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At some point we all fall into self-sabotaging behaviors. Stopping this behavior is easy when you learn to recognize the symptoms.
The things that seem to take a backseat during times of crisis are typically the things that make us feel good, like a routine.
Whether you’re going for a week or two, or just a few days, taking care of a few things now, and keeping a positive mindset, can help ease you back into the work routine and may even stretch your “vacay” mood a little longer.
When you think of a successful CEO, do you wonder how they make it look so easy? How did they get where they are? It almost seems a fantasy that someone can run a company, spend time with family, exercise every day, yet still manage to enjoy their hobbies as well, such as writing a book, or building a boat. You know the kind of person we’re talking about because there are loads of these successful people out there.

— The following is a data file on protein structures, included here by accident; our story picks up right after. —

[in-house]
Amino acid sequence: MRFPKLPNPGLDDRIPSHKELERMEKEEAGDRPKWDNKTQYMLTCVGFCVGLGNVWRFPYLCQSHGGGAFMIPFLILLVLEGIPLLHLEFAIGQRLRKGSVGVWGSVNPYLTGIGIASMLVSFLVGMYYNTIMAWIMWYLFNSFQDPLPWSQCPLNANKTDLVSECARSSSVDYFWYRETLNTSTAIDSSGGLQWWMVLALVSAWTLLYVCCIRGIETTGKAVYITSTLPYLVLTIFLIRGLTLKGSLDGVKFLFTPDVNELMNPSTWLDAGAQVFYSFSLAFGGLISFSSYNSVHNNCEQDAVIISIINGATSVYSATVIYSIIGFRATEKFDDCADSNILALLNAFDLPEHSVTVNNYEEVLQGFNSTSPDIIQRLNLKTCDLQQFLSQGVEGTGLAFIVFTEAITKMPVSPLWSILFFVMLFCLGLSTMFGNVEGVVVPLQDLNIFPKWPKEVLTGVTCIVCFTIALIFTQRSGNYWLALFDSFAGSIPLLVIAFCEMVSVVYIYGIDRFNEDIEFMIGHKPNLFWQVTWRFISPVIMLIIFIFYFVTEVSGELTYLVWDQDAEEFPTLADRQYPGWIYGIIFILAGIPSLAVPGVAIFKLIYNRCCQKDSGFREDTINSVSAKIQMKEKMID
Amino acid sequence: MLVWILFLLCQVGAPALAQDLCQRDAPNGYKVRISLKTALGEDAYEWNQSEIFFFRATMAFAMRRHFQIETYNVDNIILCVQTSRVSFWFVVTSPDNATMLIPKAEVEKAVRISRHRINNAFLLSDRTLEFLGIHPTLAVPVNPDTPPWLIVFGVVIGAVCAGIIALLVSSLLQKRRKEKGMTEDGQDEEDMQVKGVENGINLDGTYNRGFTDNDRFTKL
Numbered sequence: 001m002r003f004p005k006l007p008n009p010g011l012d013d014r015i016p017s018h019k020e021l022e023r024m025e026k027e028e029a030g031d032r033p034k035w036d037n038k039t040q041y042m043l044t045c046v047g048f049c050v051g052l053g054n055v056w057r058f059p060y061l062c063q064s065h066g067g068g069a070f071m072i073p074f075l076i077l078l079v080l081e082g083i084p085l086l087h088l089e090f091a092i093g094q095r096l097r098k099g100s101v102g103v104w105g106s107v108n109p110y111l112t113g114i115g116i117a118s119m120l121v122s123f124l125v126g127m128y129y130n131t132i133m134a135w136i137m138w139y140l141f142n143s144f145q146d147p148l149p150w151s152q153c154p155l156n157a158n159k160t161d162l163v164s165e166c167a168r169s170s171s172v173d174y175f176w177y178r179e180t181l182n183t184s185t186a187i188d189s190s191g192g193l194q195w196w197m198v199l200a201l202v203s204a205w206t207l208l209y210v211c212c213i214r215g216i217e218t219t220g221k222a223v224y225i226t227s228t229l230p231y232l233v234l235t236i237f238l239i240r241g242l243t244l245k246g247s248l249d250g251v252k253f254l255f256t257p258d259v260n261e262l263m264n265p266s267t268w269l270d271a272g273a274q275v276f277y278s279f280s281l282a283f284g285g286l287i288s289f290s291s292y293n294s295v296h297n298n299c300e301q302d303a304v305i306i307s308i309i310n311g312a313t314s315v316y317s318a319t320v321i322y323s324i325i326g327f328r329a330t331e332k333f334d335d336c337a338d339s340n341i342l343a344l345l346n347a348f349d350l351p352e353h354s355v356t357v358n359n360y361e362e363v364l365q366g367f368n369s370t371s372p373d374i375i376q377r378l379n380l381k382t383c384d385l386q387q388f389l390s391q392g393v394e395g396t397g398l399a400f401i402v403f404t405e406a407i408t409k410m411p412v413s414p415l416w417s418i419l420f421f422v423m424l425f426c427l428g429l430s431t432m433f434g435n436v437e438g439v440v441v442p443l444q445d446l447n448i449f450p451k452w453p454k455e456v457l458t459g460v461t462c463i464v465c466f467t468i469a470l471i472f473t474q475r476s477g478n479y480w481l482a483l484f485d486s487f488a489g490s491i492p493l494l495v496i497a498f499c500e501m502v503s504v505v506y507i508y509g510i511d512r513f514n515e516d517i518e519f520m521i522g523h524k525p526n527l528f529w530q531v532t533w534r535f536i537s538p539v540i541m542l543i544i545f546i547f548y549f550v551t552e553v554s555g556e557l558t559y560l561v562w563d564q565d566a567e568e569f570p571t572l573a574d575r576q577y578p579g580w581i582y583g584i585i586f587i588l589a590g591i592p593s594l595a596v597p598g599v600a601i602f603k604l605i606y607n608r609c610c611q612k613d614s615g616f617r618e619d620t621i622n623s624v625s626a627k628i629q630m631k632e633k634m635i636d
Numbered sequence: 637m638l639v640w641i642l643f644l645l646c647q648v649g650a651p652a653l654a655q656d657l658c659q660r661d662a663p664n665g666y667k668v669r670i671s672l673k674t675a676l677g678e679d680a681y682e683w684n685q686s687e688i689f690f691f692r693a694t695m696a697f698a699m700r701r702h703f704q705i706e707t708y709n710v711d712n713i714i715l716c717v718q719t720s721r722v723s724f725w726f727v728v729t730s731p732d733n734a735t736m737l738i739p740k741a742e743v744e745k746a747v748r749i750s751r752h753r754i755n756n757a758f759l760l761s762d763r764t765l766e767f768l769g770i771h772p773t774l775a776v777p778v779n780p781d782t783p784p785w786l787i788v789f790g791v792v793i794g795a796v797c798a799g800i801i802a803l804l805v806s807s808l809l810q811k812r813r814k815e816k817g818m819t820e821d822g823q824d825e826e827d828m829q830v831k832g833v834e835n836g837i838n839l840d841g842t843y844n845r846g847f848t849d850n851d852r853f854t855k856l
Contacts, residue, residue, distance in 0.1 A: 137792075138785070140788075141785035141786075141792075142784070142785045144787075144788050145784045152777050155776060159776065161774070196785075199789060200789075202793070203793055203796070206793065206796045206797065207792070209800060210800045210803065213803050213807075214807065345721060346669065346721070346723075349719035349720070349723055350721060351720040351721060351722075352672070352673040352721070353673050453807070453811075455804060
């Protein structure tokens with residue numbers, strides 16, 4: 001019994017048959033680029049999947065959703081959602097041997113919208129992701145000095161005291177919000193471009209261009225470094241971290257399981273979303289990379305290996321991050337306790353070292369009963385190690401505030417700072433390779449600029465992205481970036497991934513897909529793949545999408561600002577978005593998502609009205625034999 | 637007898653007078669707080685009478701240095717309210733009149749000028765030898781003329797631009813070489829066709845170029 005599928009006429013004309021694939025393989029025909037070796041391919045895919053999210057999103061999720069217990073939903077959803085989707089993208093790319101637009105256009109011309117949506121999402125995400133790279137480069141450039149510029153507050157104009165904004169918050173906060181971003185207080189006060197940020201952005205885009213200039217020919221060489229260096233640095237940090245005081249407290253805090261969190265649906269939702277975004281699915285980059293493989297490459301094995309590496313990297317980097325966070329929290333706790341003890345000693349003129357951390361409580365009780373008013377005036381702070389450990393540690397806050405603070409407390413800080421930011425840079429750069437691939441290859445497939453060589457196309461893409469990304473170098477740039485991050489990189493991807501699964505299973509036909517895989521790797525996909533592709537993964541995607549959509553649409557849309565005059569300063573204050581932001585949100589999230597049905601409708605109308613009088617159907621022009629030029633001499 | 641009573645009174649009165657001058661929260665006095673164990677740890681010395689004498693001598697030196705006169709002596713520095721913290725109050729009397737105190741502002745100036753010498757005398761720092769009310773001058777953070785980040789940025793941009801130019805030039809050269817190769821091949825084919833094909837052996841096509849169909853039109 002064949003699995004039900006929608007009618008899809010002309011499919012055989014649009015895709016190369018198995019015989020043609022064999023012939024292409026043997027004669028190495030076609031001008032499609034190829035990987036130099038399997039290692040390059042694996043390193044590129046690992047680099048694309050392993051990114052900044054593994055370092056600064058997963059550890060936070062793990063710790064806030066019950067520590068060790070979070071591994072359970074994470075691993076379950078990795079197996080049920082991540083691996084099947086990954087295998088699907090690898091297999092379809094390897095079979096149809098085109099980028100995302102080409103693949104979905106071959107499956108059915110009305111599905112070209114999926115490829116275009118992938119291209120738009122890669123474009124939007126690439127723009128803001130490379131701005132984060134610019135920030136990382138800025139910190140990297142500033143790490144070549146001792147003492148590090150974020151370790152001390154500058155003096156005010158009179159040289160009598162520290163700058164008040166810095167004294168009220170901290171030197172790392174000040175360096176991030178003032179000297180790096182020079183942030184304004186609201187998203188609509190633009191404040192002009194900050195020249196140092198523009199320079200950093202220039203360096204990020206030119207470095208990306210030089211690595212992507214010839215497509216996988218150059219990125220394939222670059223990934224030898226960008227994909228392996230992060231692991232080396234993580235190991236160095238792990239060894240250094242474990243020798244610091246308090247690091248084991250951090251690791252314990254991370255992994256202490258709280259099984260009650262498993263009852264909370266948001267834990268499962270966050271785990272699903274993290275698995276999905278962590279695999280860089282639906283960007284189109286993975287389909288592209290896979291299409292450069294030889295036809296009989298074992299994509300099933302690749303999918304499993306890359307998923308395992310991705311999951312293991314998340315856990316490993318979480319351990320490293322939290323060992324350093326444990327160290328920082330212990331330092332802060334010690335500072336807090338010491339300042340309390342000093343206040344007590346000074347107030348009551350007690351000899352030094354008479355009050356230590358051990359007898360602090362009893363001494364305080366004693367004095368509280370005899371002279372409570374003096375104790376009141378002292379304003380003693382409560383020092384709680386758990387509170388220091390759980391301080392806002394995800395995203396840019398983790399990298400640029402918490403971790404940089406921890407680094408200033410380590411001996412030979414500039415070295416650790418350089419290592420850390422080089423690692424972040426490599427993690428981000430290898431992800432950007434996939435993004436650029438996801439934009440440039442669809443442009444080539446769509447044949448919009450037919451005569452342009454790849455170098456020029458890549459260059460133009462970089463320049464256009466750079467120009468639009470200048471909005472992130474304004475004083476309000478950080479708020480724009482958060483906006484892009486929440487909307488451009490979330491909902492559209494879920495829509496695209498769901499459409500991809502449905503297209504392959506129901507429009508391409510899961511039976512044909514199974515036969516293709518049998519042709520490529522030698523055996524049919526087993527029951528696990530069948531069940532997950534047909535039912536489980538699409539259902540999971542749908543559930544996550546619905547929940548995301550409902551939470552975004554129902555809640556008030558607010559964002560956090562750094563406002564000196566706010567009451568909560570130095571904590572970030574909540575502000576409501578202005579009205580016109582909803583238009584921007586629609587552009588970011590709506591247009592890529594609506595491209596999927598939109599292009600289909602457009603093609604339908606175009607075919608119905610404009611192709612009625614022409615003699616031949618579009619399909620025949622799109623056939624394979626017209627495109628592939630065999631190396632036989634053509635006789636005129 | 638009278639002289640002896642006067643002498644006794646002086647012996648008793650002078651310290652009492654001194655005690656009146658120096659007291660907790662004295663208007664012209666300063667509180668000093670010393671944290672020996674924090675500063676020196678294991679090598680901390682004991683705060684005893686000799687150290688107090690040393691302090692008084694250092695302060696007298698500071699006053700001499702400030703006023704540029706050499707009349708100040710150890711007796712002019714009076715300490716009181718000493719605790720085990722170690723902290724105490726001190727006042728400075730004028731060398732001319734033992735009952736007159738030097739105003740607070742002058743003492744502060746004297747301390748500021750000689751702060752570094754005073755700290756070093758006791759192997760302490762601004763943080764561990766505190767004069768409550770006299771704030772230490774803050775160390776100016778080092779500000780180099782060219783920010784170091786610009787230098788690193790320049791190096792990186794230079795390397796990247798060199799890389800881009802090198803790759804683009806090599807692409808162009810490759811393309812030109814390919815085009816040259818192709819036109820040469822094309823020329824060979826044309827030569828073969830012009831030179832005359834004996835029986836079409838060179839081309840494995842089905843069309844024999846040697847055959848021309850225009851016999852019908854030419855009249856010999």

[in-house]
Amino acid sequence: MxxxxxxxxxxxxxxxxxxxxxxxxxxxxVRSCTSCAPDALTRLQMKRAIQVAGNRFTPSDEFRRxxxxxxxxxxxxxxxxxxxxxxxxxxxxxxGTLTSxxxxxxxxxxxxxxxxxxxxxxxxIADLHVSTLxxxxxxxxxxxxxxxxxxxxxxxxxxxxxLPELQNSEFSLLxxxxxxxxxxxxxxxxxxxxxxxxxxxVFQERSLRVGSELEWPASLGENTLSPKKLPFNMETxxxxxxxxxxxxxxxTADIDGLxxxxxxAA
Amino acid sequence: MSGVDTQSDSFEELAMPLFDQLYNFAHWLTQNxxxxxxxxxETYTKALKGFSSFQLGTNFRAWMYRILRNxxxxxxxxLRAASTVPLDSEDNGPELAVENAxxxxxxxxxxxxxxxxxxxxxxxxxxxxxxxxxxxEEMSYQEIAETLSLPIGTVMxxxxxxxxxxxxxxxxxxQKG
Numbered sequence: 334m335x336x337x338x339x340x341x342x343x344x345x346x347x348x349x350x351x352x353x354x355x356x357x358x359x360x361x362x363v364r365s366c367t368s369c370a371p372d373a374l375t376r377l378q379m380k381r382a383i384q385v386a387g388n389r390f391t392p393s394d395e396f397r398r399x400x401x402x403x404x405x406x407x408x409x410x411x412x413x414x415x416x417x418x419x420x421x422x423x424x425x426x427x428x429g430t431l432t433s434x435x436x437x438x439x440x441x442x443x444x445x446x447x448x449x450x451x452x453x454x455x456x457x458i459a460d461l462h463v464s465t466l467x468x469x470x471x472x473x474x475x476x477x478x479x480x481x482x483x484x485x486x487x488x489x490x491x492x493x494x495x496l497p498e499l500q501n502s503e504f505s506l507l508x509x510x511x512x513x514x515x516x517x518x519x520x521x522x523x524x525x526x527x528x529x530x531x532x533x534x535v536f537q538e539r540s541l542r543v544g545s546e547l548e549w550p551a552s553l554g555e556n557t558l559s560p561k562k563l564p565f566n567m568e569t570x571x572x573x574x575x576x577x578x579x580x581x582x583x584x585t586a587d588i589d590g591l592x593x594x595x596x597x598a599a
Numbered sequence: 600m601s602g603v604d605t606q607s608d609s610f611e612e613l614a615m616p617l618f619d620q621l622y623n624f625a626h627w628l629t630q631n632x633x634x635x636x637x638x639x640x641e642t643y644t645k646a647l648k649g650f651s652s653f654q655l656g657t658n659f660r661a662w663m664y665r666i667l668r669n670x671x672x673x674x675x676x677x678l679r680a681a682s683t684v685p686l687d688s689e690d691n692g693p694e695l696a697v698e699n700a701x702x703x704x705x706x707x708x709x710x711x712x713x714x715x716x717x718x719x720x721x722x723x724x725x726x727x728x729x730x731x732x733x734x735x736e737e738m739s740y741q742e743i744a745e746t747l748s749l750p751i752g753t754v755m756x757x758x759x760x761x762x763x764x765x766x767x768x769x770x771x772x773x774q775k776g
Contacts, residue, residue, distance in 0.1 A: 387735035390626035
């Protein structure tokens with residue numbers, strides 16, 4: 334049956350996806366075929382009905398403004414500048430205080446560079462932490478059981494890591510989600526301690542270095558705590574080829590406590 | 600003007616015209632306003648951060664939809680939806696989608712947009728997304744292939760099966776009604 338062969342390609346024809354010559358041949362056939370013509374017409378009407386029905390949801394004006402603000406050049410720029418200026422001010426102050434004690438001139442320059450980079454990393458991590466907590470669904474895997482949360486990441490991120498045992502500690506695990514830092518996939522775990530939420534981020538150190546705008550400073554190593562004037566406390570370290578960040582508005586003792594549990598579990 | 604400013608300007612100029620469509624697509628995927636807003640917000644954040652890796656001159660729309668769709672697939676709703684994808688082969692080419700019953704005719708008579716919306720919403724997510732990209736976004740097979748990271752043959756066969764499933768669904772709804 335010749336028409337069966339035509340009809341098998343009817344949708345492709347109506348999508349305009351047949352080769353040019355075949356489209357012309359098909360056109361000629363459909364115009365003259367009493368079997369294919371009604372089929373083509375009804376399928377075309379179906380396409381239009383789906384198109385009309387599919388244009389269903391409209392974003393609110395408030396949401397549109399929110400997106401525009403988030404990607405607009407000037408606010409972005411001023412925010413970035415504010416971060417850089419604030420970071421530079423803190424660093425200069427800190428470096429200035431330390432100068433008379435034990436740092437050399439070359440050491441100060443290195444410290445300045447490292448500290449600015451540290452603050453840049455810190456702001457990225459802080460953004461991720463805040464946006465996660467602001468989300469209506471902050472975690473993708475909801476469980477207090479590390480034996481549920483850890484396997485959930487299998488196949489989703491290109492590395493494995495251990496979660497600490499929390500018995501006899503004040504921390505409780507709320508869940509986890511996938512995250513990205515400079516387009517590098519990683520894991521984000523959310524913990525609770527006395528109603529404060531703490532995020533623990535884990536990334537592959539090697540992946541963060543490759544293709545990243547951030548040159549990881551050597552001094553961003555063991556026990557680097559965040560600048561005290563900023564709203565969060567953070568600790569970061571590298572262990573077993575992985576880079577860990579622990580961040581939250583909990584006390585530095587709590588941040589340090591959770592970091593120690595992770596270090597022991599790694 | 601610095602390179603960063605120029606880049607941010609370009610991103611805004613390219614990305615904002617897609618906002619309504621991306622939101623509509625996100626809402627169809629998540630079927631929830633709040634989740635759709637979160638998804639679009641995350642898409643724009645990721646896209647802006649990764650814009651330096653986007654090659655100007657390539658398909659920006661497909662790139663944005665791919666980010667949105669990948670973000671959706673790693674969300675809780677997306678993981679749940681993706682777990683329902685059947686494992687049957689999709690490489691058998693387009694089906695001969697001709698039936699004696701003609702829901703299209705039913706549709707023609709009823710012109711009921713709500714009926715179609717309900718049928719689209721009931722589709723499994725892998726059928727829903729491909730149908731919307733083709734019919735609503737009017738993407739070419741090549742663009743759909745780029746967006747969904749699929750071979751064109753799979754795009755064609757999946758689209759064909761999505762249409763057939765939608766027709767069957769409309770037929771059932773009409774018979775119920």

A few months ago (feels like a lifetime right?) many of us were displaced from an office setting to a home office setting. There have been a few that made that transition seamlessly. I am not one of those few! I am an extrovert by nature. I recharge my batteries (energy if you will) by interacting with people around me.
Everyone says customers are first, but so few deliver on that idea. If you are just slightly better than average delivering customer service, you are already most of the way there. Regardless of whether your customer is engaging with you in email, on social media, or elsewhere, they should feel at home, as if everything were made for them – because it is.
People read about having a great work environment or an atmosphere at work for success. But if your environment at home is less than optimal, this can affect your work, no matter how great your work environment is.
The more I assess the situation, from a reasonable, logical, sprinkled-with-just-a-tad-emotion, point of view, the more I can’t help but think, “Why not make the best of a bad situation”?
You’ve been asked to work from home during the Coronavirus outbreak. What can you do to ease the transition from your office to a remote location, i.e. your home office?